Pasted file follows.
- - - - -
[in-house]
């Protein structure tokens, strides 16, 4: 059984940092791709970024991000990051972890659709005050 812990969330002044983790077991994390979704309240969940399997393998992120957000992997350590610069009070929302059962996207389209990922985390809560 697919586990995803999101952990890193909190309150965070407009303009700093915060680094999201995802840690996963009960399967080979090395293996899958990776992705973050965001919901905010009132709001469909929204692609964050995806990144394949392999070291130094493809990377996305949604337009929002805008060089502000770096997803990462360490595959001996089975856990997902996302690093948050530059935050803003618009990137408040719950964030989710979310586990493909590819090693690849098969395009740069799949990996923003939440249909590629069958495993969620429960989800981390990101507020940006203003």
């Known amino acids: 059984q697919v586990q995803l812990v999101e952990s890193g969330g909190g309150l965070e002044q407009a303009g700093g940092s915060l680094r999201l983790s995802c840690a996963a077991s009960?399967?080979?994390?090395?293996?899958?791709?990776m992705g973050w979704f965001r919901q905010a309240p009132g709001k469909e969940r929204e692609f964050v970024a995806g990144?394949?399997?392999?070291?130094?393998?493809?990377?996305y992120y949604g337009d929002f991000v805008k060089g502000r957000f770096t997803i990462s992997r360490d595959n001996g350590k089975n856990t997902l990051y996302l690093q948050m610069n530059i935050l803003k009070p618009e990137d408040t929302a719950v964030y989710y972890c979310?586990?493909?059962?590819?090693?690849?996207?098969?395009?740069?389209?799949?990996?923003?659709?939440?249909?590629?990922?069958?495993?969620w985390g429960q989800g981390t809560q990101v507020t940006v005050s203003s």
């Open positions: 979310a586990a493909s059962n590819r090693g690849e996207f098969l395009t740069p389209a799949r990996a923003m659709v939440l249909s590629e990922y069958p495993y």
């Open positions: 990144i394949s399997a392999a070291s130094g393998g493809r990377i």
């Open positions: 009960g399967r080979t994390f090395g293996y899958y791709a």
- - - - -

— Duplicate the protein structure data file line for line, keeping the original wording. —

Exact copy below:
[in-house]
């Protein structure tokens, strides 16, 4: 059984940092791709970024991000990051972890659709005050 812990969330002044983790077991994390979704309240969940399997393998992120957000992997350590610069009070929302059962996207389209990922985390809560 697919586990995803999101952990890193909190309150965070407009303009700093915060680094999201995802840690996963009960399967080979090395293996899958990776992705973050965001919901905010009132709001469909929204692609964050995806990144394949392999070291130094493809990377996305949604337009929002805008060089502000770096997803990462360490595959001996089975856990997902996302690093948050530059935050803003618009990137408040719950964030989710979310586990493909590819090693690849098969395009740069799949990996923003939440249909590629069958495993969620429960989800981390990101507020940006203003």
């Known amino acids: 059984q697919v586990q995803l812990v999101e952990s890193g969330g909190g309150l965070e002044q407009a303009g700093g940092s915060l680094r999201l983790s995802c840690a996963a077991s009960?399967?080979?994390?090395?293996?899958?791709?990776m992705g973050w979704f965001r919901q905010a309240p009132g709001k469909e969940r929204e692609f964050v970024a995806g990144?394949?399997?392999?070291?130094?393998?493809?990377?996305y992120y949604g337009d929002f991000v805008k060089g502000r957000f770096t997803i990462s992997r360490d595959n001996g350590k089975n856990t997902l990051y996302l690093q948050m610069n530059i935050l803003k009070p618009e990137d408040t929302a719950v964030y989710y972890c979310?586990?493909?059962?590819?090693?690849?996207?098969?395009?740069?389209?799949?990996?923003?659709?939440?249909?590629?990922?069958?495993?969620w985390g429960q989800g981390t809560q990101v507020t940006v005050s203003s």
């Open positions: 979310a586990a493909s059962n590819r090693g690849e996207f098969l395009t740069p389209a799949r990996a923003m659709v939440l249909s590629e990922y069958p495993y």
């Open positions: 990144i394949s399997a392999a070291s130094g393998g493809r990377i």
């Open positions: 009960g399967r080979t994390f090395g293996y899958y791709a």